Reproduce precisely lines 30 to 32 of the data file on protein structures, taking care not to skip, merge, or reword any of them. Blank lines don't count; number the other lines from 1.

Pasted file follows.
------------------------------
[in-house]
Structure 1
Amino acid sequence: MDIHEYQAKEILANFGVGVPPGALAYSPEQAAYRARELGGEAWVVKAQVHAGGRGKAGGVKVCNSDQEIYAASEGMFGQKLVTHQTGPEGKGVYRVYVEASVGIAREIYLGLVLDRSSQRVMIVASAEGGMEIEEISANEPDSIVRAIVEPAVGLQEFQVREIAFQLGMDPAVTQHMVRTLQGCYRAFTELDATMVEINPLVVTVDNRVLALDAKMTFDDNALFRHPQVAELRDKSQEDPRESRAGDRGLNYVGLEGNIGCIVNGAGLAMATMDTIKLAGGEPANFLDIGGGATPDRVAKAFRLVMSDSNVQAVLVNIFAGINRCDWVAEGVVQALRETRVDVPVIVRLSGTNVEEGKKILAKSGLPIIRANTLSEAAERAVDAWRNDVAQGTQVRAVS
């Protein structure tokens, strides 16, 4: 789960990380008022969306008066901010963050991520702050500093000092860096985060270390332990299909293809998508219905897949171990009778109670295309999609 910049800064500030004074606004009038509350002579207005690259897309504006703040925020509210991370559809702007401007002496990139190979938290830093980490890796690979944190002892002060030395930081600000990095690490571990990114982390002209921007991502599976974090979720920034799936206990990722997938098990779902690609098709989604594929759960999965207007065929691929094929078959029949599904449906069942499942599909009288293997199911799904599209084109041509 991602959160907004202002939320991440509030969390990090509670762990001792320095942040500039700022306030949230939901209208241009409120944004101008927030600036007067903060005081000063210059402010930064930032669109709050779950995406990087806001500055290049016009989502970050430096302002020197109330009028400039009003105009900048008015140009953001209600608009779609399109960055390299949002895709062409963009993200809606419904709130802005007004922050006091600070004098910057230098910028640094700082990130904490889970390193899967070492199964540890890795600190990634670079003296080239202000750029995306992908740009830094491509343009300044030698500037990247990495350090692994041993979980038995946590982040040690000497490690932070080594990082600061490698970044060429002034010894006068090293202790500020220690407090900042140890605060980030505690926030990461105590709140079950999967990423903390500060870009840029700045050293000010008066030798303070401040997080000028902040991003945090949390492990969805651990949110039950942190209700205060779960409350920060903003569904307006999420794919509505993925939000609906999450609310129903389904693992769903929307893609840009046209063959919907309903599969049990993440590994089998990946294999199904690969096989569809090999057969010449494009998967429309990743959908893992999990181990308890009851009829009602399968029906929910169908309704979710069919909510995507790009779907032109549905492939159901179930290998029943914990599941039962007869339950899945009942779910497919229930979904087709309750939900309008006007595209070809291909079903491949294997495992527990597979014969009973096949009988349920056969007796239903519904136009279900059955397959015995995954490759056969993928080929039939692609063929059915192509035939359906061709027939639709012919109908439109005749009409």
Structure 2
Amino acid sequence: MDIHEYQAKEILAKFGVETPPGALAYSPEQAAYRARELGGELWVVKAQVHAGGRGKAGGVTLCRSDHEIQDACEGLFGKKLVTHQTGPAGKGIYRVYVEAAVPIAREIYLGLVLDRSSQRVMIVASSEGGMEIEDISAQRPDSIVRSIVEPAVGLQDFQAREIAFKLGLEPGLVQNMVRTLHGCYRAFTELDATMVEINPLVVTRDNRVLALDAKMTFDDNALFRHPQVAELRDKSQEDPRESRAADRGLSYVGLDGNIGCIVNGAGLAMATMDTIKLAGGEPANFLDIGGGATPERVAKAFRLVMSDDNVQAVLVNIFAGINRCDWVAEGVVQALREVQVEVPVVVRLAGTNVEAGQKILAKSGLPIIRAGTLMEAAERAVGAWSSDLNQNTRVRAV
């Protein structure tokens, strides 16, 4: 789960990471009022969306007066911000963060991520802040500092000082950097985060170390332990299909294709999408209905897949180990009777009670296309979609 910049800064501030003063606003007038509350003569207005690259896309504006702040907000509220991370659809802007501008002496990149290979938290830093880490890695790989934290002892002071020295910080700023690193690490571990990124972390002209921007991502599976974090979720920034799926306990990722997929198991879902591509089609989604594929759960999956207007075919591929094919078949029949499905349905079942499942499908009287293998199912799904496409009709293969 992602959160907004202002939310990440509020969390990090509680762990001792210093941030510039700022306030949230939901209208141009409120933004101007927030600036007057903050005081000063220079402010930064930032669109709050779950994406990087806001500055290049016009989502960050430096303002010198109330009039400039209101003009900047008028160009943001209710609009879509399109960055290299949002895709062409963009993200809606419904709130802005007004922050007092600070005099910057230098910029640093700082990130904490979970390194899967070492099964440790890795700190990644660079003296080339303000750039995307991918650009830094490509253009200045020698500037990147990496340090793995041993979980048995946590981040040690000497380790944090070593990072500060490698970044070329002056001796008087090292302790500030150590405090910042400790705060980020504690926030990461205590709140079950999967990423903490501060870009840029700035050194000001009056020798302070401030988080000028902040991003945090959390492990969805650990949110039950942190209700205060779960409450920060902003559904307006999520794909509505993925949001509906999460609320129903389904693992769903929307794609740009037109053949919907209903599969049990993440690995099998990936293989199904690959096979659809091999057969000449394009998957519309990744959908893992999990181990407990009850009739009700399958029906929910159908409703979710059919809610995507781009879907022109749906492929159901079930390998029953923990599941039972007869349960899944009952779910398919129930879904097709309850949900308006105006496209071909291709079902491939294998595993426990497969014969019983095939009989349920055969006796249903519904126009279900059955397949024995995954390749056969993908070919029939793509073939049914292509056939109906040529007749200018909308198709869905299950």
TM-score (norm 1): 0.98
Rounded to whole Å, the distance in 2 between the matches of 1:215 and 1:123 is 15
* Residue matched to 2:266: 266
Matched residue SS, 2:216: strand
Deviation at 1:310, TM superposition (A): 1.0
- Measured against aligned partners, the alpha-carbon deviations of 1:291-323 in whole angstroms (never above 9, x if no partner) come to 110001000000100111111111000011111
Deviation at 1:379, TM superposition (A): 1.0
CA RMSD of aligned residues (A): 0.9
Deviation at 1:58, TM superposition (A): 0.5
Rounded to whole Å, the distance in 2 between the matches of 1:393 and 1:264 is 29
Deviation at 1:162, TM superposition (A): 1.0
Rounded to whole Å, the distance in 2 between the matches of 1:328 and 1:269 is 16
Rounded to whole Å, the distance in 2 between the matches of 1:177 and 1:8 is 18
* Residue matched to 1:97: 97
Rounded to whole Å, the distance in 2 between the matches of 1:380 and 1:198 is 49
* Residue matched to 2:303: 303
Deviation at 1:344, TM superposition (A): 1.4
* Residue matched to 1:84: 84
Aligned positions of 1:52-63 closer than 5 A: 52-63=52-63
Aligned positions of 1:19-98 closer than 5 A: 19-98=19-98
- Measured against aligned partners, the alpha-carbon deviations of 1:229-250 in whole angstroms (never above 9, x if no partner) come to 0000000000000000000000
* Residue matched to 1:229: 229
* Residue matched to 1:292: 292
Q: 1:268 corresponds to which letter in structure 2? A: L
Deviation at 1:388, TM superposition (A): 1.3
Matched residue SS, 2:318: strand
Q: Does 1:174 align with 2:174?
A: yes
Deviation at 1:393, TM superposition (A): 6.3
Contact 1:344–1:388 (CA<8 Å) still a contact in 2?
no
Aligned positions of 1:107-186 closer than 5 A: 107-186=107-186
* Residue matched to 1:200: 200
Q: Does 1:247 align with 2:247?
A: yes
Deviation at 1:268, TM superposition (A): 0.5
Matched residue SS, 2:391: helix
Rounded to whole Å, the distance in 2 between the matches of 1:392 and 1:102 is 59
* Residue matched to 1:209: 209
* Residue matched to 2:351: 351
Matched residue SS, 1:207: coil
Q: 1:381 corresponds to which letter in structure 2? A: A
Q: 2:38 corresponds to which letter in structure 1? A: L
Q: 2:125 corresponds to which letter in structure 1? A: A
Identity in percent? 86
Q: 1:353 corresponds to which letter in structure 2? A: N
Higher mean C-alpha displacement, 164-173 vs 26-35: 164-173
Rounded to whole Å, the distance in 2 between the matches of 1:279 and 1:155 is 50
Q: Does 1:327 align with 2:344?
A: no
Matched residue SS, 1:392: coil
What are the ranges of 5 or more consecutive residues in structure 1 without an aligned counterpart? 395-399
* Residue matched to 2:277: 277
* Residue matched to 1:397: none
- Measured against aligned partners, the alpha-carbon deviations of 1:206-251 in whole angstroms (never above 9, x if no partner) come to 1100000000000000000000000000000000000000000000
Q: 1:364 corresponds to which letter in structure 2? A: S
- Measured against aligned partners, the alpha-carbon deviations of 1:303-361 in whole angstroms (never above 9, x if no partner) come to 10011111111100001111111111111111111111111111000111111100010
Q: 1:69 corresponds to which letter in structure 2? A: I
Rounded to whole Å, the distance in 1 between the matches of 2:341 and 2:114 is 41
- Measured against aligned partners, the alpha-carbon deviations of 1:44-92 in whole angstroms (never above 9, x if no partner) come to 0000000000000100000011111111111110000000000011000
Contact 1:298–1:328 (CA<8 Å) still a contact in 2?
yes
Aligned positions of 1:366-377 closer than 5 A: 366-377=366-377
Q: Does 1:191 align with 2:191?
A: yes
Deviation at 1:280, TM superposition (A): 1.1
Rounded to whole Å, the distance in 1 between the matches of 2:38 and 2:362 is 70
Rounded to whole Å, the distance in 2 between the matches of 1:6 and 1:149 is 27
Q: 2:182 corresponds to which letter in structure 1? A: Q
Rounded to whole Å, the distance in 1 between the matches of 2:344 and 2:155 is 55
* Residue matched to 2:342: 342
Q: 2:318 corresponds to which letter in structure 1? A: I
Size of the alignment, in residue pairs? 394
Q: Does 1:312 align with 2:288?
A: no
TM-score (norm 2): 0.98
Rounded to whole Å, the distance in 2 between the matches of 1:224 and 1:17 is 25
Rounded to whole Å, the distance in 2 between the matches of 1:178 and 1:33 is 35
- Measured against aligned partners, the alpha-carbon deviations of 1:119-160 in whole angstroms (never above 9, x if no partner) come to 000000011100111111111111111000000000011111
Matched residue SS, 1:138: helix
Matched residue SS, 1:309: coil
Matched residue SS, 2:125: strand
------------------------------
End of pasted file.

* Residue matched to 1:292: 292
Q: 1:268 corresponds to which letter in structure 2? A: L
Deviation at 1:388, TM superposition (A): 1.3